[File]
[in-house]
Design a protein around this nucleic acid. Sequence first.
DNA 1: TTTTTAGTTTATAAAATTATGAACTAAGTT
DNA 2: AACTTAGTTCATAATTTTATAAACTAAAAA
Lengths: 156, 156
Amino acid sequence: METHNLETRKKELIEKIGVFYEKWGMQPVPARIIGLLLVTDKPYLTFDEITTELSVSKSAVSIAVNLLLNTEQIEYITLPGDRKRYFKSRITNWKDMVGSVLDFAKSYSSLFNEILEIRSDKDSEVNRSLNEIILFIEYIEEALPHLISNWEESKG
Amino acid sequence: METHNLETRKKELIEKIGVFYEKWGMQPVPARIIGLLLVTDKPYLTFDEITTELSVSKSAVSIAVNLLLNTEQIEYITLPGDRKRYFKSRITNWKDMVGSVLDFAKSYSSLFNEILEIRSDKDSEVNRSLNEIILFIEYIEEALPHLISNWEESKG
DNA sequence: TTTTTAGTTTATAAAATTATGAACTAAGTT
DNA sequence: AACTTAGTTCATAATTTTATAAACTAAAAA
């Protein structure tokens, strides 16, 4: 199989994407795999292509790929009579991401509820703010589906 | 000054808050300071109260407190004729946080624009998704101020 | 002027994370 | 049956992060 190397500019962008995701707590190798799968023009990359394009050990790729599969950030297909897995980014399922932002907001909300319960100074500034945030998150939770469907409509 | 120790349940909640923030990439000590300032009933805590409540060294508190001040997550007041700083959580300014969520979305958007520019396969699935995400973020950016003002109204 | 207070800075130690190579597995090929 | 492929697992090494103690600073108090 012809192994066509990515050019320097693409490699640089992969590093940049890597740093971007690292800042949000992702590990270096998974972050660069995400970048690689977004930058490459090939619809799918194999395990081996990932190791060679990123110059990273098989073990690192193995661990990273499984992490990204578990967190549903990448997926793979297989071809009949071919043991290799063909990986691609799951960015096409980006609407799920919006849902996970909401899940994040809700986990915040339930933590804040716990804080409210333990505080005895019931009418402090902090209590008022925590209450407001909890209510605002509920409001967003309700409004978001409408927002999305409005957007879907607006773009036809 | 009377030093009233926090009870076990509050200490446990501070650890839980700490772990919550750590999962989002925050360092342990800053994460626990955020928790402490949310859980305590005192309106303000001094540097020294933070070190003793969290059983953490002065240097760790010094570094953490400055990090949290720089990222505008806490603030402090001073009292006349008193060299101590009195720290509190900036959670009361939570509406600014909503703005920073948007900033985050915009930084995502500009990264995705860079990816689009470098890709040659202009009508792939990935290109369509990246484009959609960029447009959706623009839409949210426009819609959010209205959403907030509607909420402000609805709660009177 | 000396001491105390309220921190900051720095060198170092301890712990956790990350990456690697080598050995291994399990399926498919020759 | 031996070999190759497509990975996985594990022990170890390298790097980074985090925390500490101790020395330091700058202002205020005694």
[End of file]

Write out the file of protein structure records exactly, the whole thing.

[in-house]
Design a protein around this nucleic acid. Sequence first.
DNA 1: TTTTTAGTTTATAAAATTATGAACTAAGTT
DNA 2: AACTTAGTTCATAATTTTATAAACTAAAAA
Lengths: 156, 156
Amino acid sequence: METHNLETRKKELIEKIGVFYEKWGMQPVPARIIGLLLVTDKPYLTFDEITTELSVSKSAVSIAVNLLLNTEQIEYITLPGDRKRYFKSRITNWKDMVGSVLDFAKSYSSLFNEILEIRSDKDSEVNRSLNEIILFIEYIEEALPHLISNWEESKG
Amino acid sequence: METHNLETRKKELIEKIGVFYEKWGMQPVPARIIGLLLVTDKPYLTFDEITTELSVSKSAVSIAVNLLLNTEQIEYITLPGDRKRYFKSRITNWKDMVGSVLDFAKSYSSLFNEILEIRSDKDSEVNRSLNEIILFIEYIEEALPHLISNWEESKG
DNA sequence: TTTTTAGTTTATAAAATTATGAACTAAGTT
DNA sequence: AACTTAGTTCATAATTTTATAAACTAAAAA
């Protein structure tokens, strides 16, 4: 199989994407795999292509790929009579991401509820703010589906 | 000054808050300071109260407190004729946080624009998704101020 | 002027994370 | 049956992060 190397500019962008995701707590190798799968023009990359394009050990790729599969950030297909897995980014399922932002907001909300319960100074500034945030998150939770469907409509 | 120790349940909640923030990439000590300032009933805590409540060294508190001040997550007041700083959580300014969520979305958007520019396969699935995400973020950016003002109204 | 207070800075130690190579597995090929 | 492929697992090494103690600073108090 012809192994066509990515050019320097693409490699640089992969590093940049890597740093971007690292800042949000992702590990270096998974972050660069995400970048690689977004930058490459090939619809799918194999395990081996990932190791060679990123110059990273098989073990690192193995661990990273499984992490990204578990967190549903990448997926793979297989071809009949071919043991290799063909990986691609799951960015096409980006609407799920919006849902996970909401899940994040809700986990915040339930933590804040716990804080409210333990505080005895019931009418402090902090209590008022925590209450407001909890209510605002509920409001967003309700409004978001409408927002999305409005957007879907607006773009036809 | 009377030093009233926090009870076990509050200490446990501070650890839980700490772990919550750590999962989002925050360092342990800053994460626990955020928790402490949310859980305590005192309106303000001094540097020294933070070190003793969290059983953490002065240097760790010094570094953490400055990090949290720089990222505008806490603030402090001073009292006349008193060299101590009195720290509190900036959670009361939570509406600014909503703005920073948007900033985050915009930084995502500009990264995705860079990816689009470098890709040659202009009508792939990935290109369509990246484009959609960029447009959706623009839409949210426009819609959010209205959403907030509607909420402000609805709660009177 | 000396001491105390309220921190900051720095060198170092301890712990956790990350990456690697080598050995291994399990399926498919020759 | 031996070999190759497509990975996985594990022990170890390298790097980074985090925390500490101790020395330091700058202002205020005694």